It wasn’t until I was in my Masters program for Clinical Psychology that I ever heard the words “self-care.” Self-care was drilled into our teachings, due to the fact that burn-out is high in healing professions. When I think of this, what always comes to mind is the speech given by flight attendants before takeoff,
“In the event of a decompression, an oxygen mask will automatically appear in front of you. To start the flow of oxygen, pull the mask towards you. Place it firmly over your nose and mouth…. If you are travelling with a child or someone who requires assistance, secure your mask on first, and then assist the other person.”
Clearly, it is imperative to help yourself before you are able to help others.
Yet, since my educational years, I hear ‘self-care’ used quite often, in many different contexts, many of which are unrelated to the psychology field or other helping professions. This little phase seems to have caught on, and we are all, no doubt, thankful.
Self-care is so important because it keeps us fresh, clear-headed, and motivated. It allows us time to re-charge and experience life’s pleasures. Self-care increases productivity. It gives us feelings of well-being. And if you are in a healing or caring profession (this includes all the mothers out there), self-care increases empathy, compassion, and your ability to provide to others.
The best part, self-care means a lot of different things to a lot of different people. What may be self-care to me, may not be self-care to you, and vice versa. Also, there are many activities out there that could be self-care if only I had the time or interest to try them (i.e. surfing, painting, martial arts, running, _____________ fill in the blank). Therefore, here, I want to discuss interesting forms of self-care, specifically, knitting.
Maybe knitting is already your self-care and you didn’t know it. Maybe you knew knitting was your self-care, although it wasn’t really your intention to be such; you just like to knit! Maybe you’ve never tried knitting before, but could dig it. Or maybe you think knitting ‘is for girls’ or for ‘nerds’ and wouldn’t think to touch it with a 10 foot pole.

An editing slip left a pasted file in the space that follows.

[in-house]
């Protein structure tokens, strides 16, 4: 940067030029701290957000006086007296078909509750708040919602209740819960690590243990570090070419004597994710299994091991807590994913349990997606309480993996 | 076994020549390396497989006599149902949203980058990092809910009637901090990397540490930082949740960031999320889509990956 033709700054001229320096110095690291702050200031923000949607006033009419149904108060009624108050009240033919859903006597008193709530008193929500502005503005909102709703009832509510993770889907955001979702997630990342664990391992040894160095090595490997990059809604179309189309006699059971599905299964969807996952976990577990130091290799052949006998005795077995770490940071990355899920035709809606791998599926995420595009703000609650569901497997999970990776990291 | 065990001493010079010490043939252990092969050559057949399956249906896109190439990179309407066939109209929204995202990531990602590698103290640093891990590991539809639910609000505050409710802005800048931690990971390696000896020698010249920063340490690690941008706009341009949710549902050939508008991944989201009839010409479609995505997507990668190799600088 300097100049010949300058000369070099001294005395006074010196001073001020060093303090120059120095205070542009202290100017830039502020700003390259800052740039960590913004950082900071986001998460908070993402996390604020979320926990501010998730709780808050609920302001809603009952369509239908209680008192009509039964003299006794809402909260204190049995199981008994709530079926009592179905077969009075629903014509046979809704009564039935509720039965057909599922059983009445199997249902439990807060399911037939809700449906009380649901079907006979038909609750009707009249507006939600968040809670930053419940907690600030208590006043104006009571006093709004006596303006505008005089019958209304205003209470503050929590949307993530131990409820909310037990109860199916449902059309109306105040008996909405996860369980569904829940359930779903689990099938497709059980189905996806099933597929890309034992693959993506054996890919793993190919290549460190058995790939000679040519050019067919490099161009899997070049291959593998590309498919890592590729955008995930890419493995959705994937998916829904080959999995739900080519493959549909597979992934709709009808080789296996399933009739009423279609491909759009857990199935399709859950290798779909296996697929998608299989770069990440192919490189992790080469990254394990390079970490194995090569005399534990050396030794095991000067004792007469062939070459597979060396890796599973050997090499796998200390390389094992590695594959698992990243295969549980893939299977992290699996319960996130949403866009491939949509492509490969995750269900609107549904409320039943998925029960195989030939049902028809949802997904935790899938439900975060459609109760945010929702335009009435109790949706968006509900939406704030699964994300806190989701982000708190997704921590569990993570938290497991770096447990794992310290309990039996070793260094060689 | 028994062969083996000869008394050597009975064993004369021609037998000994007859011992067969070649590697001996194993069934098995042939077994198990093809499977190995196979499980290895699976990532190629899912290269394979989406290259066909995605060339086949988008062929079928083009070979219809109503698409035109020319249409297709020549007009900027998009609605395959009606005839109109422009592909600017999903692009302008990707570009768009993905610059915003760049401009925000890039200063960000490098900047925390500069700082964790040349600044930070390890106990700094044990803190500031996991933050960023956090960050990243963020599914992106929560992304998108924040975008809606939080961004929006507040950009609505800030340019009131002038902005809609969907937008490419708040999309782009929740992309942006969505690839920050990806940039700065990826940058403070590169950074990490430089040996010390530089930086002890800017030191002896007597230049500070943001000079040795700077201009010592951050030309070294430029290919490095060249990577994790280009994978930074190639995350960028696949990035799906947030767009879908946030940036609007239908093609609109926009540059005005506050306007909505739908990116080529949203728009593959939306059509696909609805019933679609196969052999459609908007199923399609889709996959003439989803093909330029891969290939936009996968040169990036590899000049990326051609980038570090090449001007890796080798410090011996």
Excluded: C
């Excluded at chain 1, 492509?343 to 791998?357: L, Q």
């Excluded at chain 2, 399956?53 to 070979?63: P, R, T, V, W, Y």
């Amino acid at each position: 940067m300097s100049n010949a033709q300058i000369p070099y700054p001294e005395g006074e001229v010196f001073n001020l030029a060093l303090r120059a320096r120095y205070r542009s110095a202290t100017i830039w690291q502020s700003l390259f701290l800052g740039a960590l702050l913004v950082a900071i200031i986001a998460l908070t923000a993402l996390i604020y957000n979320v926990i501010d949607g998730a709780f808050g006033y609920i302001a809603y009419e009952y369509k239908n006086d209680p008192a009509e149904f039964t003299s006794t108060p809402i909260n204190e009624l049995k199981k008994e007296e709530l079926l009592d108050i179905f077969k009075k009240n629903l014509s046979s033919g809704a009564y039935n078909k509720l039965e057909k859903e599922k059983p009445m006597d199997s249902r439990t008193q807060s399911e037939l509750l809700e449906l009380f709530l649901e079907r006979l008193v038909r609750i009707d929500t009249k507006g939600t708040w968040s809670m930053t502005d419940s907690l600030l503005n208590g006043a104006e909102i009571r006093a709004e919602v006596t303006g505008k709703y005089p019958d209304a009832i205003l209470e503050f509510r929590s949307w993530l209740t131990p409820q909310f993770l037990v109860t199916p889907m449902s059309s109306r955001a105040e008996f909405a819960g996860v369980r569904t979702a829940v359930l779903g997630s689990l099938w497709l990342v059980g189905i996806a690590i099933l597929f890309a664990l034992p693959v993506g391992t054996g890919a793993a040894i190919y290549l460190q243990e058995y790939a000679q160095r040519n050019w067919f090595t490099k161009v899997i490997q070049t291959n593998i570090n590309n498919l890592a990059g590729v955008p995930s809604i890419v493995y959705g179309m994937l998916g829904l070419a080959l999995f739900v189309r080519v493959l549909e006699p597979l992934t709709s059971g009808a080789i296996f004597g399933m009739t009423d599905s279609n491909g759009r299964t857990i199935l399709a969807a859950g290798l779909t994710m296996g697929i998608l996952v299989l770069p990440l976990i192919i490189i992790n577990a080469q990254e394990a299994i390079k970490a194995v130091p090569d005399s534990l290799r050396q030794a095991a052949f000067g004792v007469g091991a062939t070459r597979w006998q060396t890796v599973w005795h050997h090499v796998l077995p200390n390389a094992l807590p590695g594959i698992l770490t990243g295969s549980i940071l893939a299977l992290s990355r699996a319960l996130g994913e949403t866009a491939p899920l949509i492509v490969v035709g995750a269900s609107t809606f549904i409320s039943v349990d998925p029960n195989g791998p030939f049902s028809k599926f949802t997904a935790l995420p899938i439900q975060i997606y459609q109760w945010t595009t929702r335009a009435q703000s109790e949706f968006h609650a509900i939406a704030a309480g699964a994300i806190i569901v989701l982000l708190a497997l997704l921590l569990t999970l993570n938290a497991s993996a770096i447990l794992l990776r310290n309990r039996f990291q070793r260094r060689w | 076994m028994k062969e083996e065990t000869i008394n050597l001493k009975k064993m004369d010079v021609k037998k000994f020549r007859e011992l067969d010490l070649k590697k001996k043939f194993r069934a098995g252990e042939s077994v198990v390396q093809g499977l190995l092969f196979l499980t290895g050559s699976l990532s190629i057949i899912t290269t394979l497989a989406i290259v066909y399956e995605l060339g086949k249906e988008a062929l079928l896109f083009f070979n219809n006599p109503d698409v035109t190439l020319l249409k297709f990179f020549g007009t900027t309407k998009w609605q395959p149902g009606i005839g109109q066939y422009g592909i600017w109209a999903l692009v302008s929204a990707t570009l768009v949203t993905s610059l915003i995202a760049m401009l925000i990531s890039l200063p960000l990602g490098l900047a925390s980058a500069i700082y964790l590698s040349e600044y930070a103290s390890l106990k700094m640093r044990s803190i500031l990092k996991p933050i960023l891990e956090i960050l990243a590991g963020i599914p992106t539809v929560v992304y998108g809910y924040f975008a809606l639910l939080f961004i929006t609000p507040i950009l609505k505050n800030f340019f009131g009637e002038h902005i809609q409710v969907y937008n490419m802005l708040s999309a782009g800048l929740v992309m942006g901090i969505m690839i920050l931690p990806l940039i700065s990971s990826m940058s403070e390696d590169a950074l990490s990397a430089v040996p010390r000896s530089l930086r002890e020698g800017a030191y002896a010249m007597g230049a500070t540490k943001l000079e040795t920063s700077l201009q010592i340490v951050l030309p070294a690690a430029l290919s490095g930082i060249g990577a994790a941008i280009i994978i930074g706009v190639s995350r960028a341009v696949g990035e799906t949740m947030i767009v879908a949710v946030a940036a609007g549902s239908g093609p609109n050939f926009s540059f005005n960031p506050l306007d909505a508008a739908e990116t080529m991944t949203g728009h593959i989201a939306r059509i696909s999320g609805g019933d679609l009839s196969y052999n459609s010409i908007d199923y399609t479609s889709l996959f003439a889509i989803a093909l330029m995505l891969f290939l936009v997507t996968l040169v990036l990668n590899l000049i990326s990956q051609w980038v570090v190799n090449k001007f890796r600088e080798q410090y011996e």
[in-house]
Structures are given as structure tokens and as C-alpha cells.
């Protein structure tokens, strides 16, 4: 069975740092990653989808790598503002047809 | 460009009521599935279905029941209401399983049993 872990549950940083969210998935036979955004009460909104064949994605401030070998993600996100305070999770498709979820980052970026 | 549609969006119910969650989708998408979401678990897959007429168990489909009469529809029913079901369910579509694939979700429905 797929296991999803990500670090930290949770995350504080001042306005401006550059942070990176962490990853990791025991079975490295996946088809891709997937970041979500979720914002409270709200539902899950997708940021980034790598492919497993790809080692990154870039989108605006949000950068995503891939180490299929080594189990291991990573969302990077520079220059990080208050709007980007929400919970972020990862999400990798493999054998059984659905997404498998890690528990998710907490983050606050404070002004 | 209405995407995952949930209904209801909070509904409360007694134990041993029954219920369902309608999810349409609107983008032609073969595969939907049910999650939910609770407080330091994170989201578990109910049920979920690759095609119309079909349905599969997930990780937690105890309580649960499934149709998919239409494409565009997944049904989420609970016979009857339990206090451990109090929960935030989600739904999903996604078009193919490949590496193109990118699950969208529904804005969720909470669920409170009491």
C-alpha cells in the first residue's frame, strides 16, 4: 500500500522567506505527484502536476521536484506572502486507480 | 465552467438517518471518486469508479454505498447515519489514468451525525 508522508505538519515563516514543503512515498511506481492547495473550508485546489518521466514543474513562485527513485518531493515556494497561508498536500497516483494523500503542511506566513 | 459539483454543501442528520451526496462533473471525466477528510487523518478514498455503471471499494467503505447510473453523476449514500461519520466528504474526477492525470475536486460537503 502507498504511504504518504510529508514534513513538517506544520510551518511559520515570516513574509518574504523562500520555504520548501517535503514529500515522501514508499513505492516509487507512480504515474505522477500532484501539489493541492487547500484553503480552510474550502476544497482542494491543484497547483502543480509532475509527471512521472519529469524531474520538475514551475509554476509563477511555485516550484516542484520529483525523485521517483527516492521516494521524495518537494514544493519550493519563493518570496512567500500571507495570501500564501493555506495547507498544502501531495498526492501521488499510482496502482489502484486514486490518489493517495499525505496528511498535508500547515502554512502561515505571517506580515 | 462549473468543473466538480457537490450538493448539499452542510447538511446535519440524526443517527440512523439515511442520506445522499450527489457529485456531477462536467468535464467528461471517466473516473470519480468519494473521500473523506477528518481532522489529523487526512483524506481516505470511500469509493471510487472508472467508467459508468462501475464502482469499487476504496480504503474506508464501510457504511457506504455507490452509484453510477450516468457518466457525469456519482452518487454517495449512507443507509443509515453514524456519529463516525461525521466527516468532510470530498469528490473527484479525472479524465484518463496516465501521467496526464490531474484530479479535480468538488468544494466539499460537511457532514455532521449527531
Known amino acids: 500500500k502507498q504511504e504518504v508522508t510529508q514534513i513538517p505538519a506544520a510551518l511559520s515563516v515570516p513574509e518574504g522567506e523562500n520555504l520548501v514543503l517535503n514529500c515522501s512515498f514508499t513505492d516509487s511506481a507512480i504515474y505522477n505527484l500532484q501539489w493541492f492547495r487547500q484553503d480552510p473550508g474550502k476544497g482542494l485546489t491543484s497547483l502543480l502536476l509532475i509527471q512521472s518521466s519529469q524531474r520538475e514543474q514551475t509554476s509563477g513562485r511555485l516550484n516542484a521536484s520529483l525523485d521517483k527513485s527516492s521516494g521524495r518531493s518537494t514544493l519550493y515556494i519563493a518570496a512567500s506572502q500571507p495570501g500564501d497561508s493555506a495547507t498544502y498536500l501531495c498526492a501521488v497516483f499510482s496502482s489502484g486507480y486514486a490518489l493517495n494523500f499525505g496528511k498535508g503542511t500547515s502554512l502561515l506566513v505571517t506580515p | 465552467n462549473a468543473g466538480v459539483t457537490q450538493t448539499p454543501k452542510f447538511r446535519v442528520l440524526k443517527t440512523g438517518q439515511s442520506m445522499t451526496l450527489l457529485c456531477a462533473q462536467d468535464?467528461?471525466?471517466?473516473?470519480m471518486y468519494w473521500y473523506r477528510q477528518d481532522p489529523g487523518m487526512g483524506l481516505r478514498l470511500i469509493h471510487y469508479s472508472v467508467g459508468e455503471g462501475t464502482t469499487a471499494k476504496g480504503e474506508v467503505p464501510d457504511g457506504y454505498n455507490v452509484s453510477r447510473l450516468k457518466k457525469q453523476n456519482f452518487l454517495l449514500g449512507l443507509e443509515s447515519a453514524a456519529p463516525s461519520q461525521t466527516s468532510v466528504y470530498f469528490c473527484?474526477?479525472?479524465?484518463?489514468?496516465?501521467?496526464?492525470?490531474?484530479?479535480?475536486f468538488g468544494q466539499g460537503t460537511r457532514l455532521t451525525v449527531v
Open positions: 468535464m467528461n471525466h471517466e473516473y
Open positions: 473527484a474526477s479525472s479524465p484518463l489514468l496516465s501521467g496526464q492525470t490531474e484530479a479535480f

Well think again!
Knitting is for everyone! As long as you are willing and show a little interest, knitting might just be the best thing that ever happened to you, as far as self-care is concerned. And if you already believe this whole-heartedly, well, as they say, keep on wit’ yo’ bad self!
Here are nine reasons why knitting is therapeutic and an excellent self-care tool:
1. Knitting increases focus and attention:
Depending on the project you set out to make, the effort required to knit something varies. On the more difficult projects, such as socks or a sweater, you most likely will follow a pattern that requires great attention and focus. There certainly will be counting and some math involved, multitasking on different parts of the project at the same time, fine motor skills, spatial relations, and eye-hand coordination. Research demonstrates that these kinds of tasks, particularly motor tasks, increase cell and brain development in the areas of thinking and focused attention (Schwartz, E., Knitting and Intellectual Development, 2012). Therefore, by knitting you may be improving your academic and vocation abilities.
2. Knitting cultivates brain laterality
Brain Laterality refers to the ability to use both hemispheres of the brain. Although we do use both sides of the brain, many of us have one side of the brain that is more predominant than the other. To very simply summarize this process, the left side of your brain is more rational, analytical, logical, and linear, while the right side of your brain is more social, emotional, experiential, creative, and deals with interconnection of parts to create a whole (Siegel, D., Mindsight, 2010.) If you are one who tends to be more left brained, you may be cut off from your emotions, rigid, and resistant. If you are one who tends to be more right brained, you may be very sensitive and have difficulty regulating emotions. Research demonstrates that cohesion between both sides of the brain, left and right hemispheres, allows for increased feelings of well-being, as one is able to better balance various aspects of life, the logical and analytical, as well as the emotional and spiritual (Siegel, D., Mindsight, 2010.) Specifically, knitting helps to increase brain laterality, or cohesion of both brain hemispheres, because the creative process of knitting activates the right hemisphere, while the mathematical and spatial aspects of knitting activate the left hemisphere. Also, knitting requires the use of both hands which naturally activates both hemispheres of the brain.
3. Knitting allows for silence and stillness: